Read the Research


Acting Responsibly? Federal Contractors Frequently Put Workers’ Lives and Livelihoods at Risk

This investigation by the Health, Education, Labor, and Pensions (HELP) Senate Committee is an analysis of two enforcement databases maintained by the Department of Labor (DOL). The DOL’s Wage and Hours Division (WHD) and Occupational Safety & Health Administration (OSHA). The HELP committee staff found that almost 30 percent of the top violators of federal wage and safety laws are also current federal contractors. Overall, 49 federal contractors amassed a startling 1,776 separate enforcement actions in six years. These 49 companies received $81 billion in federal contracts in fiscal year 2012, and were assessed a total of $196 million in penalties for neglecting to pay workers earned wages or failing to uphold safe working conditions. For the full report, click here.

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Underwriting Bad Jobs: How Our Tax Dollars Are Funding Low-Wage Work and Fueling Inequality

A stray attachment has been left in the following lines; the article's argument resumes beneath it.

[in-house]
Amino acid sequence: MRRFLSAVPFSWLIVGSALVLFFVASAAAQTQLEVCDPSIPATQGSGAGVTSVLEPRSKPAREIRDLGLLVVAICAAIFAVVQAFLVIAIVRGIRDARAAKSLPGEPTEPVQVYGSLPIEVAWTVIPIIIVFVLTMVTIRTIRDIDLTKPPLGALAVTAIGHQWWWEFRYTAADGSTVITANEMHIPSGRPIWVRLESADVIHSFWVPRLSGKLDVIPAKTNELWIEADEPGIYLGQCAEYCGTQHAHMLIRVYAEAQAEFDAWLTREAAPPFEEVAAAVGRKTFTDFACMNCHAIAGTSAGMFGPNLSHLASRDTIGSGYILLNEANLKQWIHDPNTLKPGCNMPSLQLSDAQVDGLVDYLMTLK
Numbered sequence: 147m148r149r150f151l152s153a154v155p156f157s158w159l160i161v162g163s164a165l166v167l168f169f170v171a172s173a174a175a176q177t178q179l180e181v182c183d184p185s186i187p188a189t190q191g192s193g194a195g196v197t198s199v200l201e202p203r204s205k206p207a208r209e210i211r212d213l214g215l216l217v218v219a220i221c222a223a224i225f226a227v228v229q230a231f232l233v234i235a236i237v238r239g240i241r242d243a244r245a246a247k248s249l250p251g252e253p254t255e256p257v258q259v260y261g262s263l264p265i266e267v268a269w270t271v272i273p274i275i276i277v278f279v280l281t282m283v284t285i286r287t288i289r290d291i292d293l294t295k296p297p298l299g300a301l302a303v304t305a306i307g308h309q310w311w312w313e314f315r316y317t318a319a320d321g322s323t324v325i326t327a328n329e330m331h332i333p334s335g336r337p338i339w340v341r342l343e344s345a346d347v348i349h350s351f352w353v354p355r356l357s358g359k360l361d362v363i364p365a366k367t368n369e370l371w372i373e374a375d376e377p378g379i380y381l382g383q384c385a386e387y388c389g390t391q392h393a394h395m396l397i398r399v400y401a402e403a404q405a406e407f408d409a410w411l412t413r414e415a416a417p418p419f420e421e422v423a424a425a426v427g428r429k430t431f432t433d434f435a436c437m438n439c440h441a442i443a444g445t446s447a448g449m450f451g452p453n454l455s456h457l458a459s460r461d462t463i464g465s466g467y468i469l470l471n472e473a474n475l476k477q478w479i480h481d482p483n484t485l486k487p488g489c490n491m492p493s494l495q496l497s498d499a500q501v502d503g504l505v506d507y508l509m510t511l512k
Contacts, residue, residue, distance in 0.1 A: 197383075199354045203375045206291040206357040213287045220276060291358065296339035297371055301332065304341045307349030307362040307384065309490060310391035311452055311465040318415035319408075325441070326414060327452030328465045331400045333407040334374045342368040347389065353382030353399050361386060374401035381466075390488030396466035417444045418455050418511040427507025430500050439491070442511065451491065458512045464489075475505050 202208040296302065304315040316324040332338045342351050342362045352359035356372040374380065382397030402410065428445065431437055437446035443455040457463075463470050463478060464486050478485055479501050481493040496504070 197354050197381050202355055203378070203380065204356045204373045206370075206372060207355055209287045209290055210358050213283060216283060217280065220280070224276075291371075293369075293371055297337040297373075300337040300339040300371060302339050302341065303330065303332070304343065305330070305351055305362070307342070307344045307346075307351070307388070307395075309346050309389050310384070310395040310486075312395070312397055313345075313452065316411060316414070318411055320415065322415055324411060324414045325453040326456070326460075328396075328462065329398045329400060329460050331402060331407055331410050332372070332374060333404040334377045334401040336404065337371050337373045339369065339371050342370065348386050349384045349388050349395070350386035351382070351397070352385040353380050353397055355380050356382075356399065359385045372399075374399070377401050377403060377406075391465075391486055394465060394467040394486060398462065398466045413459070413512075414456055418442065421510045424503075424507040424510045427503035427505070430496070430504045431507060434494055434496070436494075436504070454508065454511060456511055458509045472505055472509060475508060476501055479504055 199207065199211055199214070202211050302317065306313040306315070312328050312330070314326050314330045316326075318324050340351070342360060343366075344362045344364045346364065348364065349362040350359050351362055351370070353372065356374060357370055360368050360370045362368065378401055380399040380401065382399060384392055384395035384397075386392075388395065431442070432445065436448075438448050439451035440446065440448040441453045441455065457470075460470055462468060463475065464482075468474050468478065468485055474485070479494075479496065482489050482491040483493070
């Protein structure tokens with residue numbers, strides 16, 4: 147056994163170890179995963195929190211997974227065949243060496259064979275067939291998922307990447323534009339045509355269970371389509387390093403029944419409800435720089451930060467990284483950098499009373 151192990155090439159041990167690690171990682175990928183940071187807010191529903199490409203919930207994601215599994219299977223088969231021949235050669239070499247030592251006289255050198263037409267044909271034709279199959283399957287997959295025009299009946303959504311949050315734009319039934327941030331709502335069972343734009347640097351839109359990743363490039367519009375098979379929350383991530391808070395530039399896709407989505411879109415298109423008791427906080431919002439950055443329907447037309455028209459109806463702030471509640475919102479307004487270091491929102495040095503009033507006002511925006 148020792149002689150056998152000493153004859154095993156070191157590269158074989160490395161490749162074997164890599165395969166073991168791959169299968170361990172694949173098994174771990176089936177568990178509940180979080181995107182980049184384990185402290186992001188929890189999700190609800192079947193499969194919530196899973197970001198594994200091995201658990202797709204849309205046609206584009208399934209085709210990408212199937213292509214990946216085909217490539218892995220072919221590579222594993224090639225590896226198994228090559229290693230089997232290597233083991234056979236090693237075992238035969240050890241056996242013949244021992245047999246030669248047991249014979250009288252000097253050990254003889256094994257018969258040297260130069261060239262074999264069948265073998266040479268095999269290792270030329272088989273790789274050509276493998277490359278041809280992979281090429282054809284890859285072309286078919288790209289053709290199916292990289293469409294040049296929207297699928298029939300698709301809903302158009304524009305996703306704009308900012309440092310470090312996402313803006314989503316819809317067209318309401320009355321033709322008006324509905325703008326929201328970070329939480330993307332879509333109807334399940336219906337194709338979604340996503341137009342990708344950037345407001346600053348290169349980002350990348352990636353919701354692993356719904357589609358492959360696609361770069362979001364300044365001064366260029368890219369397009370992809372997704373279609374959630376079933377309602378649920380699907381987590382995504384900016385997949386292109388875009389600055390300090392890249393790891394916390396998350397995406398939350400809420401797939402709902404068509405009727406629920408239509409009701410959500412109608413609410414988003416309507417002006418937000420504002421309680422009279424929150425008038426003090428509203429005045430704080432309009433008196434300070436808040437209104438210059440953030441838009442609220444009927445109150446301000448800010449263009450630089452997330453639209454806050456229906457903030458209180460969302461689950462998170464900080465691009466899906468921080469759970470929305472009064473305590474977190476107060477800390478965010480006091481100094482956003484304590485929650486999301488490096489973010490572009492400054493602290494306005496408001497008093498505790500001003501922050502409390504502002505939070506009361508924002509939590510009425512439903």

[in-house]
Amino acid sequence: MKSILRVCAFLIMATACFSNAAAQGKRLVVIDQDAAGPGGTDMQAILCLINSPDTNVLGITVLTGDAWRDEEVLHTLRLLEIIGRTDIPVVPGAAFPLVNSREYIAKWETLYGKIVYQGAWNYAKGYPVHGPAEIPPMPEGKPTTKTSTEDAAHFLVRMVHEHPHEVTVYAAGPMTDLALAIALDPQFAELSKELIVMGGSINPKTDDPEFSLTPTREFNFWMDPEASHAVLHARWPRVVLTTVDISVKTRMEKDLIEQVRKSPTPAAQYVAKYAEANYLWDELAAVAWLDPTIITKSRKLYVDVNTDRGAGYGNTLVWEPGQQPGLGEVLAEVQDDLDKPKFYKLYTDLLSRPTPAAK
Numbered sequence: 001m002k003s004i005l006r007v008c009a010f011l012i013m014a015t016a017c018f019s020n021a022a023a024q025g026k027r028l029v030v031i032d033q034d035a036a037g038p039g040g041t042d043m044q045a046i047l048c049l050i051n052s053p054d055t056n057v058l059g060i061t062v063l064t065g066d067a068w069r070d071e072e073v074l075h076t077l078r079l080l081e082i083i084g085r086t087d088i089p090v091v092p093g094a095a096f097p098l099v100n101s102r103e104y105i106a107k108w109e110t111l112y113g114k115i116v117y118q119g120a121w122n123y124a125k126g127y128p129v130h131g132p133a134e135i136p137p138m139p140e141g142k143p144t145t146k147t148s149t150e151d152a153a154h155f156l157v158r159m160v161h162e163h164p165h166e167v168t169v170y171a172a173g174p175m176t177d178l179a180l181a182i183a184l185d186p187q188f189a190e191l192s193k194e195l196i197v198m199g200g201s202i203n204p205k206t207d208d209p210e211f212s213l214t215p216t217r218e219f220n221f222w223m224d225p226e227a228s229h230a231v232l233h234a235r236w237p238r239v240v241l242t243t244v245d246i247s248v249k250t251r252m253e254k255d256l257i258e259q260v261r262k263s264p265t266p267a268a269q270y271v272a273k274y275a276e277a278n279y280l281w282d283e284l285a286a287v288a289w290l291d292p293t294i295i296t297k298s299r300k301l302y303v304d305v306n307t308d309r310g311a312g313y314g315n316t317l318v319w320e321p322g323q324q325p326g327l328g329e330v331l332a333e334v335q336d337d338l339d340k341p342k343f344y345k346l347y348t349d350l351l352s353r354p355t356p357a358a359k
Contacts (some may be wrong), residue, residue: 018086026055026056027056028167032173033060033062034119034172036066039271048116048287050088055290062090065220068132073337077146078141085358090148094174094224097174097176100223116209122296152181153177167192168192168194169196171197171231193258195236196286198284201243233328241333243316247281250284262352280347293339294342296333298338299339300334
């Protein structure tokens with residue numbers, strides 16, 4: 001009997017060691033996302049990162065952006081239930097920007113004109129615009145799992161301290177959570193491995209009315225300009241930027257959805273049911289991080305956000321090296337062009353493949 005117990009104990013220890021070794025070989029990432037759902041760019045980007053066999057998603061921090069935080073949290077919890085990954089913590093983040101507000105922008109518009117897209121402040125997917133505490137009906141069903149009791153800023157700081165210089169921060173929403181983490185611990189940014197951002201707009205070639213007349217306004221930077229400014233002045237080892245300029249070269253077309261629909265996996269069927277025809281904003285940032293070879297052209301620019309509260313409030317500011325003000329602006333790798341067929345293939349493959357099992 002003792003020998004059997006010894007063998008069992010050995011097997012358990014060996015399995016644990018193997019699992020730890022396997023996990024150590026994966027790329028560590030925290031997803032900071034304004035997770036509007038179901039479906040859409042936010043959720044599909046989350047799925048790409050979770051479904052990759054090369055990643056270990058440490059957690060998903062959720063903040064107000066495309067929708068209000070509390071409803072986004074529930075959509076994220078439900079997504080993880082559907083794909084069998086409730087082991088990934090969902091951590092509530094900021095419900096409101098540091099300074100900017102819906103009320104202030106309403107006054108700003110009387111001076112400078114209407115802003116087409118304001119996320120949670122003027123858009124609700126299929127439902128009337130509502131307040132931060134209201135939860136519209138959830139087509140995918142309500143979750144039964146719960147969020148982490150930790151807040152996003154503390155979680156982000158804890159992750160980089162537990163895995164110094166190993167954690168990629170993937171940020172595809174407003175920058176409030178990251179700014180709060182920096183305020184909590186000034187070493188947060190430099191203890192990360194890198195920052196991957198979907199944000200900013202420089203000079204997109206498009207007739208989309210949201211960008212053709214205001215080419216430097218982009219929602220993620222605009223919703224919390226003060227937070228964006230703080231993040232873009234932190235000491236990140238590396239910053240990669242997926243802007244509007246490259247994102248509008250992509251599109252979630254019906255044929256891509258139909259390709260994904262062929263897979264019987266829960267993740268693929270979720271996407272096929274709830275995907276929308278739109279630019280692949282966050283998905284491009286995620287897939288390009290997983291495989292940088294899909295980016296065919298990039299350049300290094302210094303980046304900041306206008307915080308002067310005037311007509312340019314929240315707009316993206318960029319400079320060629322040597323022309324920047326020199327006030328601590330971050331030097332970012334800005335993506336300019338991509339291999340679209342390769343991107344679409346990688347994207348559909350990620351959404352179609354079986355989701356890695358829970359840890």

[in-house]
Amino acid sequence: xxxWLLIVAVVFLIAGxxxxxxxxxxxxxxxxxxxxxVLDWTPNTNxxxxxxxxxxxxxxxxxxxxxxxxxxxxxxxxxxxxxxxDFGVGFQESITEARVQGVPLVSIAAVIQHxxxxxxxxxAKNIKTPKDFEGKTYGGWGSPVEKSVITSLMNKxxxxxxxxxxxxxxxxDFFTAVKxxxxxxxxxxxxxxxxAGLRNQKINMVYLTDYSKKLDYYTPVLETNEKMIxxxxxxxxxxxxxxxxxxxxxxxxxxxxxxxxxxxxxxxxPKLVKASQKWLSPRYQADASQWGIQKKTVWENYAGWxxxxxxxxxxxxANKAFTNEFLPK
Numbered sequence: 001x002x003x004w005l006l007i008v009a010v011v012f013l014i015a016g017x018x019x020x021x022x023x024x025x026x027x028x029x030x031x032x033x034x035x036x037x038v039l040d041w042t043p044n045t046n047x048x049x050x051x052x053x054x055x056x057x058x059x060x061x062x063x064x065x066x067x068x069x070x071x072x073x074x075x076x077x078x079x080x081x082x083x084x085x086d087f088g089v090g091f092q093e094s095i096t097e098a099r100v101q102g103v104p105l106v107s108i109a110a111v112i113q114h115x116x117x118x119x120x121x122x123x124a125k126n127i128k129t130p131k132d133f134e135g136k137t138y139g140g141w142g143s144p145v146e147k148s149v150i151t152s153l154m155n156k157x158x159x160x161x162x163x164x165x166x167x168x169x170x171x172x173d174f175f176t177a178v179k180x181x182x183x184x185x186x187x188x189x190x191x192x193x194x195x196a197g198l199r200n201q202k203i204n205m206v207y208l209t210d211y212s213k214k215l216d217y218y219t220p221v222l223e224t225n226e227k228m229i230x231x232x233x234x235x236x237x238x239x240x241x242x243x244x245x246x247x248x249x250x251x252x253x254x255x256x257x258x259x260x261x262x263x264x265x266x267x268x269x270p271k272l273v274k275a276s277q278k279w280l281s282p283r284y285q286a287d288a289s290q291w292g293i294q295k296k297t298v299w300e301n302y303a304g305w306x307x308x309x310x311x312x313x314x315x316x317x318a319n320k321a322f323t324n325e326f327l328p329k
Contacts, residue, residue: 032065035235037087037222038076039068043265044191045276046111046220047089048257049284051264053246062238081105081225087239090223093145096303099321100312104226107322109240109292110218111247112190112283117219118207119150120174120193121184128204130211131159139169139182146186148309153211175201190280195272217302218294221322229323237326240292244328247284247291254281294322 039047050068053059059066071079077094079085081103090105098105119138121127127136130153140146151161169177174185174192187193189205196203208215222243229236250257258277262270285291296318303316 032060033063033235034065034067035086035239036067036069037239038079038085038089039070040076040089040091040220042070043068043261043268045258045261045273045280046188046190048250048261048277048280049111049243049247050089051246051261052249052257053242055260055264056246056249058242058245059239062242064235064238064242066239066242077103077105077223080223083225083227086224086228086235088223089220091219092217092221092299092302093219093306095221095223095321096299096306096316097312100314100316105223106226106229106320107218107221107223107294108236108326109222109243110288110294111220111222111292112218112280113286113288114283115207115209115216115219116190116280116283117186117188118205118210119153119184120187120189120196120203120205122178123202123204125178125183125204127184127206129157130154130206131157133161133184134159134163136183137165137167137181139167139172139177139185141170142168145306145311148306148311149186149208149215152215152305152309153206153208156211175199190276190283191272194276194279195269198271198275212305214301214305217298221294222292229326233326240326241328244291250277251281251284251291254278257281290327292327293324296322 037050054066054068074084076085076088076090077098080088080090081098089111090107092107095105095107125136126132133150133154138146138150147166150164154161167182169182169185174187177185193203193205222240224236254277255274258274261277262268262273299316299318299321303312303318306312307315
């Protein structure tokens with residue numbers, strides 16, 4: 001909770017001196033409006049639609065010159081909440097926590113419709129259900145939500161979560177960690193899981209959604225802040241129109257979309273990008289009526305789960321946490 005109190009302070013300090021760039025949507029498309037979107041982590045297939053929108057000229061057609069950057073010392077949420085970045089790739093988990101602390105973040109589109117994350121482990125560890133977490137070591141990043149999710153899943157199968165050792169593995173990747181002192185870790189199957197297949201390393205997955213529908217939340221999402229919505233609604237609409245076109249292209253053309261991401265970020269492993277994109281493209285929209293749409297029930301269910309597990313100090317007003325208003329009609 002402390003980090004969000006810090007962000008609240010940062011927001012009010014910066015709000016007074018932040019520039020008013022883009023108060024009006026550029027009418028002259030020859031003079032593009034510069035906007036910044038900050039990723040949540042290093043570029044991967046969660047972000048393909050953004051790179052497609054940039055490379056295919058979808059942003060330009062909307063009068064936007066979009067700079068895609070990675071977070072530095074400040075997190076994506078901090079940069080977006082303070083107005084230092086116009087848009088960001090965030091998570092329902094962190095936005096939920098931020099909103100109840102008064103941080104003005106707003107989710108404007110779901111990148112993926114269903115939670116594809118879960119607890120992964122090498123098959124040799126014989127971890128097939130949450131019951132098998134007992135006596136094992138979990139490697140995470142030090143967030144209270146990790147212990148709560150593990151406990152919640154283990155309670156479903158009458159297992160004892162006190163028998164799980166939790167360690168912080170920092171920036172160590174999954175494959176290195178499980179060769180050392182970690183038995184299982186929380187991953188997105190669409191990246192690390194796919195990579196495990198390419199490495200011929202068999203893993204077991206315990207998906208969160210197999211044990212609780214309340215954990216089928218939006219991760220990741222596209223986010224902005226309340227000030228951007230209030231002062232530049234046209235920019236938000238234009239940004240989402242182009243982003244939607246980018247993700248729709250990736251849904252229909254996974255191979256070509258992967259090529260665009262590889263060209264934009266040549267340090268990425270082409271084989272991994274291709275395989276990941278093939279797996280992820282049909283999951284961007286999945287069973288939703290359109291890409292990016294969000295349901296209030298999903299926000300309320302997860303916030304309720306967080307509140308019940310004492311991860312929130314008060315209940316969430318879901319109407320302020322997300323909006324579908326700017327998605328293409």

This report by Demos is an analysis encompassing U.S. workers employed by government contractors. The study found that two million private sector employees working on behalf of America earn wages too low to support a family, making $12 or less per hour. This is more than the number of low-wage workers at Walmart and McDonalds combined. These two million workers make barely enough to afford essentials like food, health care, utilities and rent. However, hundreds of billions of dollars in federal contracts, grants, loans, concession agreements and property leases go to private companies that pay low wages, provide few benefits, and offer employees little opportunity to work their way into the middle class. At the same time, many of these companies are providing their executives with exorbitant compensation. For the full report, click here.

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Taking the Low Road: How the Federal Government Promotes Poverty-Wage Jobs Through its Contracting Practices

This report by the National Employment Law Project (NELP) is a compilation of interviews from 567 workers who have fallen through the cracks created by the federal contracted system. The study found that nearly 74 percent earned less than $10 an hour, 26 percent reported receiving paid sick days, and only 11 percent received employer-provided health insurance. In the report, NELP provides guidance to policy-makers by detailing some of the increasingly complicated contractual relationships that connect low-wage workers to the federal government. For the full report, click here.